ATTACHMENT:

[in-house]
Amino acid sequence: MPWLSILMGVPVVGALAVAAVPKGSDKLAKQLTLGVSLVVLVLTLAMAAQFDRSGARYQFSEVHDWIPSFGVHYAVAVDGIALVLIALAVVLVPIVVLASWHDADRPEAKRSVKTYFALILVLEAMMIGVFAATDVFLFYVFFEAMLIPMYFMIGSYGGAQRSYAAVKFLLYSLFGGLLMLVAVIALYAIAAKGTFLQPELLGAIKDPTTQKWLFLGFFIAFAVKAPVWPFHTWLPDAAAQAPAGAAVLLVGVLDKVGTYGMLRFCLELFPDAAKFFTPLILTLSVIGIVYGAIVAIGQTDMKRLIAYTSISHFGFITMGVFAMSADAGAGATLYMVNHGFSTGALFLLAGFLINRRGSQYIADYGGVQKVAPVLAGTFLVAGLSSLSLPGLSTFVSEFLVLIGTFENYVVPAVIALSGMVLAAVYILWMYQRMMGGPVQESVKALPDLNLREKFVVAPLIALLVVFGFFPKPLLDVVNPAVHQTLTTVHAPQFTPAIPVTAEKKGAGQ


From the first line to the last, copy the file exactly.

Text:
[in-house]
Amino acid sequence: MPWLSILMGVPVVGALAVAAVPKGSDKLAKQLTLGVSLVVLVLTLAMAAQFDRSGARYQFSEVHDWIPSFGVHYAVAVDGIALVLIALAVVLVPIVVLASWHDADRPEAKRSVKTYFALILVLEAMMIGVFAATDVFLFYVFFEAMLIPMYFMIGSYGGAQRSYAAVKFLLYSLFGGLLMLVAVIALYAIAAKGTFLQPELLGAIKDPTTQKWLFLGFFIAFAVKAPVWPFHTWLPDAAAQAPAGAAVLLVGVLDKVGTYGMLRFCLELFPDAAKFFTPLILTLSVIGIVYGAIVAIGQTDMKRLIAYTSISHFGFITMGVFAMSADAGAGATLYMVNHGFSTGALFLLAGFLINRRGSQYIADYGGVQKVAPVLAGTFLVAGLSSLSLPGLSTFVSEFLVLIGTFENYVVPAVIALSGMVLAAVYILWMYQRMMGGPVQESVKALPDLNLREKFVVAPLIALLVVFGFFPKPLLDVVNPAVHQTLTTVHAPQFTPAIPVTAEKKGAGQ